Gold Mafia and colonial hangover

Gold Mafia

IN project planning, there is what they call a key result area, a short list of overall goals that guide how individuals do their job, or general achievement and progress goals for an organisation or one of its divisions. It fits into the ultimate goal of an organisation.

In the field of animal domestication, they also say you would have achieved the overall goal if your pet or animal can speak and understand your language and perform all tasks on its own without your supervision.

In the field of engineering, they are also happier when their machines can perform tasks and make the right decisions on their own without human supervision.

During the period of slavery, the masters were happier when their slaves woke up early in the morning, organise themselves and carry out their work in the plantations and farmlands without the supervision of the masters. Masters would be happier if this level of acculturation led to increased yields.

The more oppressed people get used to it, accept it and embrace it, the more they assume a sense of loyalty and responsibility to the oppressive system. They cease to see or feel the oppression as they begin to look at it as a personal and collective responsibility and obligation.

The primary goal of slavery was forced labour, but later loyalty which extended to slaves voluntarily providing their labour without force because they felt it was now their responsibility to do so. There are several case studies of slave fidelity to their masters or to the system.

In the era of colonialism the same principle applied. Colonisation was the act or process of settling among and establishing control over the indigenous people of an area. In many situations, it used force and violence.

While history tells us that the primary objective of colonisation was to take resources from the colonised territories to European countries, the ultimate goal was to install a system that would, on its own, ensure a constant supply of resources without the supervision of the colonisers.

That system was instilled in the minds of the people and leadership of the colonised territories. It is an auto system that was expected to function towards achieving the same goals long after the human face of colonisation was gone.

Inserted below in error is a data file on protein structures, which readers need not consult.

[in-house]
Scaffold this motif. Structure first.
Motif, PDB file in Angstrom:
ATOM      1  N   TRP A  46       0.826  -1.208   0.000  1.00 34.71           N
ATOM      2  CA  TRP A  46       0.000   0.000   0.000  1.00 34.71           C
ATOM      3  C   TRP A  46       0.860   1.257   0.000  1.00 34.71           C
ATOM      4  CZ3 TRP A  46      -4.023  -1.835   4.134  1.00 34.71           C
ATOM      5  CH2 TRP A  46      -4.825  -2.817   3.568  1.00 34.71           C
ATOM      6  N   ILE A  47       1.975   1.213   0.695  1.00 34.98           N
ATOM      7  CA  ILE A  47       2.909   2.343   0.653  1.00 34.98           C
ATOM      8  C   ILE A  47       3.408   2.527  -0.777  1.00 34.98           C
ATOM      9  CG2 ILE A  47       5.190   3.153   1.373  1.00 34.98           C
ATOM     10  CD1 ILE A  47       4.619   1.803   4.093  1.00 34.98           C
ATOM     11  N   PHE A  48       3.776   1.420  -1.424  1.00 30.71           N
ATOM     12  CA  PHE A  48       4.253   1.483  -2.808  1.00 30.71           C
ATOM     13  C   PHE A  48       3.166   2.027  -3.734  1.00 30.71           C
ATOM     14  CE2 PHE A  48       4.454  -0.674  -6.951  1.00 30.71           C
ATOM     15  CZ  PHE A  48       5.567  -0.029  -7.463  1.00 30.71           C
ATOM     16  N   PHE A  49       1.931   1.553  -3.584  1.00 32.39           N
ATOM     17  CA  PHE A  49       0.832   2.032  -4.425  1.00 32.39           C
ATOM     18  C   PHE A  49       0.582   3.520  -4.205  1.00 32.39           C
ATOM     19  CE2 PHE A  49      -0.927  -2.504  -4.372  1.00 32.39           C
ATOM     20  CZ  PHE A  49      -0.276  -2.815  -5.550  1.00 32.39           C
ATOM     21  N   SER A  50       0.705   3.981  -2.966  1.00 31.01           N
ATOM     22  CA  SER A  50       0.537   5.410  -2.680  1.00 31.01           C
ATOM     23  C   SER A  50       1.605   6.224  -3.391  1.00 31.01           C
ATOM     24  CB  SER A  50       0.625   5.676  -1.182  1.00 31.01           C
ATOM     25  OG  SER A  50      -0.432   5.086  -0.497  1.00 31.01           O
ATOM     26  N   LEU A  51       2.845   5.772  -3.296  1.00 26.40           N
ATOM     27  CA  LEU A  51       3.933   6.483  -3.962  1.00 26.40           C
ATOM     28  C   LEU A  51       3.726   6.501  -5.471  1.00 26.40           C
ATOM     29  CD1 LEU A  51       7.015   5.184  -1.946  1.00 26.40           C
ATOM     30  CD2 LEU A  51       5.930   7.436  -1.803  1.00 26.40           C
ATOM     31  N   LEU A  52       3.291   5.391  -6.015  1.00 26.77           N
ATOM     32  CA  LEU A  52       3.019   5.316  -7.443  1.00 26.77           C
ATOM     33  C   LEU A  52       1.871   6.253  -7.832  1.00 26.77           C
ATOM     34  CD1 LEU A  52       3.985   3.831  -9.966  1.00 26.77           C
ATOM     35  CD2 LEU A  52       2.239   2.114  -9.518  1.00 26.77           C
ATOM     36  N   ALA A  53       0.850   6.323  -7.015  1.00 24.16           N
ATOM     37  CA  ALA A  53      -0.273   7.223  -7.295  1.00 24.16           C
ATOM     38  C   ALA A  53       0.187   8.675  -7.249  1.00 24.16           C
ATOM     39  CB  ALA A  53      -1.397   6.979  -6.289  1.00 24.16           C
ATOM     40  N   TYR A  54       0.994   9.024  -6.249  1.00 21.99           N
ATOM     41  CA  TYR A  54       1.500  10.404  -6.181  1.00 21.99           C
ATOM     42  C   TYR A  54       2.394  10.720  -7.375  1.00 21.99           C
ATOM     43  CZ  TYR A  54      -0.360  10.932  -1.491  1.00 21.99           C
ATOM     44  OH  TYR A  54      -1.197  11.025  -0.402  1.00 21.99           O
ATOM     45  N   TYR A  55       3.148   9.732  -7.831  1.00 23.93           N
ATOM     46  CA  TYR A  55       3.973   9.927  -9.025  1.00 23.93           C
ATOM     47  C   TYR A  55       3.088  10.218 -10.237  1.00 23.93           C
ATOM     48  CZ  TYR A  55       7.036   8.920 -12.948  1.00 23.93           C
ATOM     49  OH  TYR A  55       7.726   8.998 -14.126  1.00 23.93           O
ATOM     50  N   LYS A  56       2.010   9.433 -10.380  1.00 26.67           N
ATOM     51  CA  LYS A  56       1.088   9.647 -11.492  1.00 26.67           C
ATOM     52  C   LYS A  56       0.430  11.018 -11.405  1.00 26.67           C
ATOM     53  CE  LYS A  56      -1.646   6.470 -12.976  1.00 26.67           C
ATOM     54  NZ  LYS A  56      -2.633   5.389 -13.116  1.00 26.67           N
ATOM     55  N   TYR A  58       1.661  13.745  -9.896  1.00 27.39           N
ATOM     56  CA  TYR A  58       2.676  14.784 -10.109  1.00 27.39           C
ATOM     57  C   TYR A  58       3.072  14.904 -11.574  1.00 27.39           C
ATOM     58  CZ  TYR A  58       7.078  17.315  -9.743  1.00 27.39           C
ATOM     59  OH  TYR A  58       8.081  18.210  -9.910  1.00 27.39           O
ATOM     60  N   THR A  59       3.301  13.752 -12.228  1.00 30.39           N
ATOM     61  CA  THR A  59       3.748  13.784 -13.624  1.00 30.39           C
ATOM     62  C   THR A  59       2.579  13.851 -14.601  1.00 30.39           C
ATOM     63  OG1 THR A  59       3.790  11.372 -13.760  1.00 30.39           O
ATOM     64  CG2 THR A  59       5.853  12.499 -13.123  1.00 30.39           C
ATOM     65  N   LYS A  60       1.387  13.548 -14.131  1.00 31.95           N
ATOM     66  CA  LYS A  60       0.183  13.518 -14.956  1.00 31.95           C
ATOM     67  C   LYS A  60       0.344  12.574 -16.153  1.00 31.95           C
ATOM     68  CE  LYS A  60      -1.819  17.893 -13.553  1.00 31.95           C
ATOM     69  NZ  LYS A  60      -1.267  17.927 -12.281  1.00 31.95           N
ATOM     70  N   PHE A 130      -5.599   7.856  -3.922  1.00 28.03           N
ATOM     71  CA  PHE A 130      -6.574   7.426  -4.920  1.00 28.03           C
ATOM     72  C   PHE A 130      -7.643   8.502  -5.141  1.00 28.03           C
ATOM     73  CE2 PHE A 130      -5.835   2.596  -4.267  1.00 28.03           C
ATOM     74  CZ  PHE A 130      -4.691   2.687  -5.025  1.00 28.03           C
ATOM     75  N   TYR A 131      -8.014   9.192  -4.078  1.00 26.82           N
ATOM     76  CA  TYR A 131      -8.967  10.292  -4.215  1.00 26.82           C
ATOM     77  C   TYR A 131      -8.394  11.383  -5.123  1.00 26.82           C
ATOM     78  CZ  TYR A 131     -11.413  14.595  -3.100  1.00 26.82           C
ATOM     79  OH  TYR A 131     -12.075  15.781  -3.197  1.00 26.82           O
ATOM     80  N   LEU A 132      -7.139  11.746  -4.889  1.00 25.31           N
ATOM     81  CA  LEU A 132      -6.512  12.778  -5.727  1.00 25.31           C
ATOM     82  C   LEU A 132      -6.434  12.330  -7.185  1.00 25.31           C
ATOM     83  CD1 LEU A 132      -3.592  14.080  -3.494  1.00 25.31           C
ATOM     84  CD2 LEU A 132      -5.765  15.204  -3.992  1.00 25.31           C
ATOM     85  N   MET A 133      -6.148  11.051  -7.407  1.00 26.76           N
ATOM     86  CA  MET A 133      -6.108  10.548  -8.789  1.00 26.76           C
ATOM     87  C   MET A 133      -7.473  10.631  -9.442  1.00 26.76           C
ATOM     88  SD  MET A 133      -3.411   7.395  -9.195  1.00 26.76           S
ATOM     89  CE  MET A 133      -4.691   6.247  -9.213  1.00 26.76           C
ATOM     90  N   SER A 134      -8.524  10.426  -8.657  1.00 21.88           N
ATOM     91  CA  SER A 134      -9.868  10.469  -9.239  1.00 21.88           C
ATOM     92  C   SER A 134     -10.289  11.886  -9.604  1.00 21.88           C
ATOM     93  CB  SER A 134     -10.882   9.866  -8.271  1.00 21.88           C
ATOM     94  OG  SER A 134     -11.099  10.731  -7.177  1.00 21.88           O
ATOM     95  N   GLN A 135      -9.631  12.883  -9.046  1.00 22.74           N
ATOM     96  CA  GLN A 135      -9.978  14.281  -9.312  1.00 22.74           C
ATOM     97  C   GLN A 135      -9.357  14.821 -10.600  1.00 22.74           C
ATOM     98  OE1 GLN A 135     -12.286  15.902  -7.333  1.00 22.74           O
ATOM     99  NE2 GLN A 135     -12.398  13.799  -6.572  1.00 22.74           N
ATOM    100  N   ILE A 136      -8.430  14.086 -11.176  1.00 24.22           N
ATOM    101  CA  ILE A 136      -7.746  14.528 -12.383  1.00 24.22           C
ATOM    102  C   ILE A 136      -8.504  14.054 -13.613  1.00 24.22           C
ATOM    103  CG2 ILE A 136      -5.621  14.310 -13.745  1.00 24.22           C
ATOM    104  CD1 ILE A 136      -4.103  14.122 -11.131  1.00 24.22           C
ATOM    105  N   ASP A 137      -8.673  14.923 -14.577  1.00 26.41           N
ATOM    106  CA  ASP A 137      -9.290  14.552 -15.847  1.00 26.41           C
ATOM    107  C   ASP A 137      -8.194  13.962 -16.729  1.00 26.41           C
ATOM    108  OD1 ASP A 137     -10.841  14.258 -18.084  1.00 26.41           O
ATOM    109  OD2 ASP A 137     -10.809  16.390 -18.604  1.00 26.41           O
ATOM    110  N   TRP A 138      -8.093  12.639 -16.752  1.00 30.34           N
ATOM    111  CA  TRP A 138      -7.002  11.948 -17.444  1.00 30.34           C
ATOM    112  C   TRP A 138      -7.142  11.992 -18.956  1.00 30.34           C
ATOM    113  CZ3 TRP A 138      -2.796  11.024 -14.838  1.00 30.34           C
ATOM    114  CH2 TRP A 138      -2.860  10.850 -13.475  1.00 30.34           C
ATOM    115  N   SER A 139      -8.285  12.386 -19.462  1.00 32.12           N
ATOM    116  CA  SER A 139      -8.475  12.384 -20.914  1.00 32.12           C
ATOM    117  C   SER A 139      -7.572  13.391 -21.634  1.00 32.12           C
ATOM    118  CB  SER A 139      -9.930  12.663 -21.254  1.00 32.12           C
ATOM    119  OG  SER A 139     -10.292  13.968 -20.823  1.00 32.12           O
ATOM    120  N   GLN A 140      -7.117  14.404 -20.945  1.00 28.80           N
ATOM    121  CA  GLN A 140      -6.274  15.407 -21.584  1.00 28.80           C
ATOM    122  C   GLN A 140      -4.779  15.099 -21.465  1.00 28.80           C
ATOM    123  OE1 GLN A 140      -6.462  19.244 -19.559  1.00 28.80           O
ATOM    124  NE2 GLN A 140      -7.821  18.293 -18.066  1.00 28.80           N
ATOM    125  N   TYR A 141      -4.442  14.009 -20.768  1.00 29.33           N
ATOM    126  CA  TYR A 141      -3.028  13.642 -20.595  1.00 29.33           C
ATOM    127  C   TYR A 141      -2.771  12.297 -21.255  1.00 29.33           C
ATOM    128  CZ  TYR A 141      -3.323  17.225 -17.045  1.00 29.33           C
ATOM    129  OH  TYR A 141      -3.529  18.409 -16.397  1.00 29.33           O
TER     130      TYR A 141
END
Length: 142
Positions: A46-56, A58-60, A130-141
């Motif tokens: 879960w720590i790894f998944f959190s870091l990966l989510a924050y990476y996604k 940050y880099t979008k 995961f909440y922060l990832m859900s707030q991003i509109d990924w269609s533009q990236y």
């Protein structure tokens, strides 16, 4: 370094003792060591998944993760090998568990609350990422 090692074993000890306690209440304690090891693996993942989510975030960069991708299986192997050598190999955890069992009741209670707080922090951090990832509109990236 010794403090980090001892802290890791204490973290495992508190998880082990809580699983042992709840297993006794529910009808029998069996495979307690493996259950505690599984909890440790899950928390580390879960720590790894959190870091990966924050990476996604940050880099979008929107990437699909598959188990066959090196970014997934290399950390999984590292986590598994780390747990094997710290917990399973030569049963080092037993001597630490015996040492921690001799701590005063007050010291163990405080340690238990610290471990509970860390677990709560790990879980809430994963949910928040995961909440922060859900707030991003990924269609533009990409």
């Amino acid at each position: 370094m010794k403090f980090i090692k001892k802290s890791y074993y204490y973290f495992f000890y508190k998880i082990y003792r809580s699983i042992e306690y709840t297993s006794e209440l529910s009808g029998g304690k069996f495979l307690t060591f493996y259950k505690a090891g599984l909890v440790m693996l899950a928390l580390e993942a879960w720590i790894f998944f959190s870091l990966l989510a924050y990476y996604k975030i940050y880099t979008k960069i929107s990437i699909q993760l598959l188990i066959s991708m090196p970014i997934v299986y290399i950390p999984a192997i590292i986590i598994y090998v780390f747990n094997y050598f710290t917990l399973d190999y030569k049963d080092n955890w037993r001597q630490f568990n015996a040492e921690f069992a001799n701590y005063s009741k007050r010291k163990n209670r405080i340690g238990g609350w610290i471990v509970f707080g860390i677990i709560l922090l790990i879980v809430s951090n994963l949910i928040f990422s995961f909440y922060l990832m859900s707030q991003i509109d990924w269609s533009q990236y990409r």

By the time wars of liberation broke out across the continent, the system was already instilled, running and functioning to the extent that it was part of the factors that spurred liberation movements.

Why this is so? While regaining control of the land and natural assets they were dispossessed by colonisation was part of the agenda, the real appetiser was that the people wanted to live the same life as their colonisers and that included access to their services.

The colonial system made the people idolise the life of the colonialist. It made them think, for as long as they do not live the life of the coloniser, they had not made it in life. That remains the situation today.

It was and is still the same for those who are or aspire to be leaders. Their aspiration to be in power has nothing to do with improving the lives of their people but to live a high life like that of their former colonisers. This aspiration does not end with a life of opulence. It extends to the use of force against the people, abuse of power and self-hate that appears as self-love which is explained in detail below.

The self-hate which appears as self-love manifests in various themes. Sometimes, it is called corruption, plunder, normal trade, smuggling and others all of which appear to be enriching few individuals. The focus by many scholars and analysts on why Africa is poor tends to be centred on the enrichment of a few individuals and not the mentality that it is okay to steal and ship national natural resources to the former colonial masters or elsewhere in the world.

It is a much bigger health issue installed by colonialism and has over the decades blinded most Africans because most of the lenses they use to view and describe situations are provided by Western discourses.

A leader or a member of a family who thinks it is okay to steal family resources and stash them at a neighbour’s house and make that family richer and better while starving his or her own family, is suffering from colonial hangover.

The scenes we have seen in the Al Jazeera Gold Mafia documentary, how the Chiadzwa diamonds never contributed to national development, how the land reform programme left us poorer and how some among us are wealthy outside the country when the majority are poor back home is the crescendo of this colonial mental issue. It is self-hate that feels like self-love. It is the hate to see own people better coupled with an obsession to appear sophisticated and generous to foreigners.

African scholars such as our own professor Sabelo J Ndlovu-Gatsheni have preoccupied themselves with advancing the idea of decoloniality which aims at the liberation of (ex-) colonised peoples from global coloniality.

Development begins with self-love — that is the development of one’s own people which does not idolise other races but rather pursues the betterment of own people over others. This is why Western countries can launch wars against other countries and colonise and oppress other societies just to loot resources and develop their people back home.

  • Tapiwa Gomo is a development consultant based in Pretoria, South Africa. He writes here in his personal capacity.

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